Working out the balance of feeding and frustrating is a lifelong endeavor.  I find myself looking at my adult children and wondering how I did as a parent.  I became a mom at the tender age of 22 and felt all those biological and hormonal urges to protect, provide, nurture, and “spoil” my kids.  I also had a pragmatic sense of limitations.  My mom might say that’s the Scotch in me.  I am frugal.  My kids call me “cheap and weird”.  I’m not sure I had a notion of the value of frustration, even though I’m sure I frustrated my kids unintentionally anyway.  So, they didn’t get everything they wanted, but I’m not sure I taught them a “work ethic” or a “frustration ethic” very well.  I am not sure if my parents taught me that, either.  Regardless, the responsibility of developing that ethic is my own.  It is the responsibility of each individual to examine their ideas of entitlement and challenge themselves to develop the resources necessary to achieve their goals. 

I like to learn through story and art.  I think of examples of characters who live out their “feed and frustrate” scenarios and find some tales to be inspiring, some to be cautionary.  Too much feeding as well as too much frustration can lead to helplessness and hopelessness.  One story I’ve been following lately is that of a young man who is an NBA basketball player in his second year as a pro.  I like watching Jimmy Butler play.  He has the kind of untapped strength that seems to increase with the number of challenges he’s given.  While his teammates recover from injury, he gets to play more minutes, and he seems to be growing up before my eyes.  I did some background checking and learned that he was abandoned by his father as an infant and kicked out of his mother’s house when he was 13.  A friend’s mom eventually took him into her home and gave him some strict rules to follow…and he blossomed.  The feed/frustrate formula made him confident in his ability to improve himself, which he keeps on demonstrating on the basketball court.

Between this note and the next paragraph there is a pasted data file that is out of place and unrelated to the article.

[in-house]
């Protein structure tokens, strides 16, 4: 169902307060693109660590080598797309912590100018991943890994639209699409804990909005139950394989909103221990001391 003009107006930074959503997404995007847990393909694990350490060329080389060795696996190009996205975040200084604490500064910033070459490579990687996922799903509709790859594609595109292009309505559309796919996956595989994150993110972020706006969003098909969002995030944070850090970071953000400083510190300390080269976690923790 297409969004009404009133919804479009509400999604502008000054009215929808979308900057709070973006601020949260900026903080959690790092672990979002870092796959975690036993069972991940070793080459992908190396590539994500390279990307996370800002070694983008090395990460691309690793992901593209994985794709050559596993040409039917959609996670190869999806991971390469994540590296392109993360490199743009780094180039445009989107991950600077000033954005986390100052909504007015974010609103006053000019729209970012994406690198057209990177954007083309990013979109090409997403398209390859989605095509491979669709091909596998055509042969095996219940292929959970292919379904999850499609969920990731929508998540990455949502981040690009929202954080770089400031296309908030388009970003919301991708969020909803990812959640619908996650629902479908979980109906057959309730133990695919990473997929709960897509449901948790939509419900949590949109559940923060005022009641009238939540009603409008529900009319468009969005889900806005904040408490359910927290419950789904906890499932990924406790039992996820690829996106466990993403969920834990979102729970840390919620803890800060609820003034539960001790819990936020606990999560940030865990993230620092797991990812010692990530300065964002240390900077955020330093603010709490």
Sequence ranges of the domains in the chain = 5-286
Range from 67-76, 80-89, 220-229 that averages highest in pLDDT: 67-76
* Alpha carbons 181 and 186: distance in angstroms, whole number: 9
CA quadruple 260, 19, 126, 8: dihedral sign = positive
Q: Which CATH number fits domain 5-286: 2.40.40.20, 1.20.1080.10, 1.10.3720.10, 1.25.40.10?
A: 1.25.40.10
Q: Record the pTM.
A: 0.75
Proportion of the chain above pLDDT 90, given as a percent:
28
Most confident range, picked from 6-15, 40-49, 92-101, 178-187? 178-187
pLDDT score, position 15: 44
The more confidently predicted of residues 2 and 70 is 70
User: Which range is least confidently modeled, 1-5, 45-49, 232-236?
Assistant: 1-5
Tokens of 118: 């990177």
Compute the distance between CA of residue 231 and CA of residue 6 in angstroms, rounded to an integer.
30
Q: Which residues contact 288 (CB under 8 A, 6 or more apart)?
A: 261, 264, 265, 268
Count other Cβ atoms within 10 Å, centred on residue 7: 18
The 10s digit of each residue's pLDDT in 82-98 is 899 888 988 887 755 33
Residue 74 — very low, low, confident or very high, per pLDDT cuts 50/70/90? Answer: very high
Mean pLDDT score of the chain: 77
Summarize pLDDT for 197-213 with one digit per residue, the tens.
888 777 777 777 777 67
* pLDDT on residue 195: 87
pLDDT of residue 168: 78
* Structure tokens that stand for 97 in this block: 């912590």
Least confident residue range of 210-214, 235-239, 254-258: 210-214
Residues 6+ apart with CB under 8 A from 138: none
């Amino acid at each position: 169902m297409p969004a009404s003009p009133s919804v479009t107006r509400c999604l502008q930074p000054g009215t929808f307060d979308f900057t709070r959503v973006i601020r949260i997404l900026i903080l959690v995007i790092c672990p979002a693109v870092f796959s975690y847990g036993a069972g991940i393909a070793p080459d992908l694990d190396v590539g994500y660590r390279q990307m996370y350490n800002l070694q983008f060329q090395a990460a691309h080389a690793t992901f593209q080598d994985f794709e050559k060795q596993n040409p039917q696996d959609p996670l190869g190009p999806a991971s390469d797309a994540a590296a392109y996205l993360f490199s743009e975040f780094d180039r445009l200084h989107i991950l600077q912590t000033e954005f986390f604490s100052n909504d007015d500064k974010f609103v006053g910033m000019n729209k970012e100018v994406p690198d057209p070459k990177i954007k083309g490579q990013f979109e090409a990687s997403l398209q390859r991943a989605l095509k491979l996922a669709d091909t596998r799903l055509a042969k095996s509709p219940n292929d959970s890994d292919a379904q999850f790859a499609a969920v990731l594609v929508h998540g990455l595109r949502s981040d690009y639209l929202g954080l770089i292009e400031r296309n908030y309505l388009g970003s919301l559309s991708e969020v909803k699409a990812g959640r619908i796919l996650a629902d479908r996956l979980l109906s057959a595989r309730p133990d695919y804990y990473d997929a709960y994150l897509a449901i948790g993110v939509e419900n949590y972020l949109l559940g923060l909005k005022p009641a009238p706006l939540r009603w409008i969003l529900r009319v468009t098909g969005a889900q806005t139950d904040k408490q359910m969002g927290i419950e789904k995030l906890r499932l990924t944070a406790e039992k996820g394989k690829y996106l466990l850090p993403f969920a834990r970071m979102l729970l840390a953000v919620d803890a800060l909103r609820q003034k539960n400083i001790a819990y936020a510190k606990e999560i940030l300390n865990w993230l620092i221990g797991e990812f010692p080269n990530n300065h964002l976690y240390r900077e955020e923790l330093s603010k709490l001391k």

This idea is not only pertinent to individual lives, but also to systems.  Politically and economically, how are we balancing the feed and frustrate formula in order to support a robust society?  Are we giving too much assistance?  Are we giving too little?  It’s a good thing to re-evaluate over time. 

So, perhaps I’ve given you something to think about.  How do you see the feed/frustrate balance in your life?  Where do you think an adjustment might help?  If you’re a writer, what is happening on this level in the story you’re working on now?  How does that dynamic work in your characters’ lives?  Thanks for listening to me hash out my thoughts! 

And one more point.  “Ahem!  This theory, which is mine…” footnote reference to Monty Python sketch featuring Miss Ann Elk...I own it and it’s mine.  I might use it in an article or something.  If this gives you an Aha! moment and you want to share it, please reference this blog post.  Thanks for your respect!